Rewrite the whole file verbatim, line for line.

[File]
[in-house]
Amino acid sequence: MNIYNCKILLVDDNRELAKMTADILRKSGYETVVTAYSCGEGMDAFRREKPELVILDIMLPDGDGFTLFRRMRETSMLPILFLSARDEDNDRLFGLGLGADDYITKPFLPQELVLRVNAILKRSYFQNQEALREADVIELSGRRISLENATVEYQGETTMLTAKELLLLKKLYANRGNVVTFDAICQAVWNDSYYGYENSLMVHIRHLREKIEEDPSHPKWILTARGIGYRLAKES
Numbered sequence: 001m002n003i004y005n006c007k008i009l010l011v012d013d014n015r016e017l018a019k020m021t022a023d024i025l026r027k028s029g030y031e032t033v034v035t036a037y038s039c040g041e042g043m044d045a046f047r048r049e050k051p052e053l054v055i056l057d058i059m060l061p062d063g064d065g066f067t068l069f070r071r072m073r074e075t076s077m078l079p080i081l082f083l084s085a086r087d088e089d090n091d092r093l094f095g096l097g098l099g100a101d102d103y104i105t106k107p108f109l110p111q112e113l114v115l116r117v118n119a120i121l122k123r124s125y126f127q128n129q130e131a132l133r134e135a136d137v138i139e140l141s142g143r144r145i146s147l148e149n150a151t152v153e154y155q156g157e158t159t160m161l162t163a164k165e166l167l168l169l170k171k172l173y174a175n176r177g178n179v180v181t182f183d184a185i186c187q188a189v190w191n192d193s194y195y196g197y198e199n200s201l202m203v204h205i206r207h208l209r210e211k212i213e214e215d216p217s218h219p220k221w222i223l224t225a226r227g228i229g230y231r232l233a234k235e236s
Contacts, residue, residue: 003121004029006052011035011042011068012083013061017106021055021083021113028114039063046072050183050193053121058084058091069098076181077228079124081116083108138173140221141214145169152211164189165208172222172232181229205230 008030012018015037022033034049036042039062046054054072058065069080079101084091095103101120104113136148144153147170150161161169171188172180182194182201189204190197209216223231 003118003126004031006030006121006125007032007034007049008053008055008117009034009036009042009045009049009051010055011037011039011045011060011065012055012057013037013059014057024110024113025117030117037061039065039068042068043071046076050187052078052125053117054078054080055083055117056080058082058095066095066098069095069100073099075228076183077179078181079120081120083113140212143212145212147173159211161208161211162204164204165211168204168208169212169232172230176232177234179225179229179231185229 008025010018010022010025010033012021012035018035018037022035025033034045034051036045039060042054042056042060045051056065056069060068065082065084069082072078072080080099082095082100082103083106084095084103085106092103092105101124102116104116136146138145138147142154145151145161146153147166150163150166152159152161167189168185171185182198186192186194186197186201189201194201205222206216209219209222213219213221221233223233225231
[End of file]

[in-house]
Amino acid sequence: MNIYNCKILLVDDNRELAKMTADILRKSGYETVVTAYSCGEGMDAFRREKPELVILDIMLPDGDGFTLFRRMRETSMLPILFLSARDEDNDRLFGLGLGADDYITKPFLPQELVLRVNAILKRSYFQNQEALREADVIELSGRRISLENATVEYQGETTMLTAKELLLLKKLYANRGNVVTFDAICQAVWNDSYYGYENSLMVHIRHLREKIEEDPSHPKWILTARGIGYRLAKES
Numbered sequence: 001m002n003i004y005n006c007k008i009l010l011v012d013d014n015r016e017l018a019k020m021t022a023d024i025l026r027k028s029g030y031e032t033v034v035t036a037y038s039c040g041e042g043m044d045a046f047r048r049e050k051p052e053l054v055i056l057d058i059m060l061p062d063g064d065g066f067t068l069f070r071r072m073r074e075t076s077m078l079p080i081l082f083l084s085a086r087d088e089d090n091d092r093l094f095g096l097g098l099g100a101d102d103y104i105t106k107p108f109l110p111q112e113l114v115l116r117v118n119a120i121l122k123r124s125y126f127q128n129q130e131a132l133r134e135a136d137v138i139e140l141s142g143r144r145i146s147l148e149n150a151t152v153e154y155q156g157e158t159t160m161l162t163a164k165e166l167l168l169l170k171k172l173y174a175n176r177g178n179v180v181t182f183d184a185i186c187q188a189v190w191n192d193s194y195y196g197y198e199n200s201l202m203v204h205i206r207h208l209r210e211k212i213e214e215d216p217s218h219p220k221w222i223l224t225a226r227g228i229g230y231r232l233a234k235e236s
Contacts, residue, residue: 003121004029006052011035011042011068012083013061017106021055021083021113028114039063046072050183050193053121058084058091069098076181077228079124081116083108138173140221141214145169152211164189165208172222172232181229205230 008030012018015037022033034049036042039062046054054072058065069080079101084091095103101120104113136148144153147170150161161169171188172180182194182201189204190197209216223231 003118003126004031006030006121006125007032007034007049008053008055008117009034009036009042009045009049009051010055011037011039011045011060011065012055012057013037013059014057024110024113025117030117037061039065039068042068043071046076050187052078052125053117054078054080055083055117056080058082058095066095066098069095069100073099075228076183077179078181079120081120083113140212143212145212147173159211161208161211162204164204165211168204168208169212169232172230176232177234179225179229179231185229 008025010018010022010025010033012021012035018035018037022035025033034045034051036045039060042054042056042060045051056065056069060068065082065084069082072078072080080099082095082100082103083106084095084103085106092103092105101124102116104116136146138145138147142154145151145161146153147166150163150166152159152161167189168185171185182198186192186194186197186201189201194201205222206216209219209222213219213221221233223233225231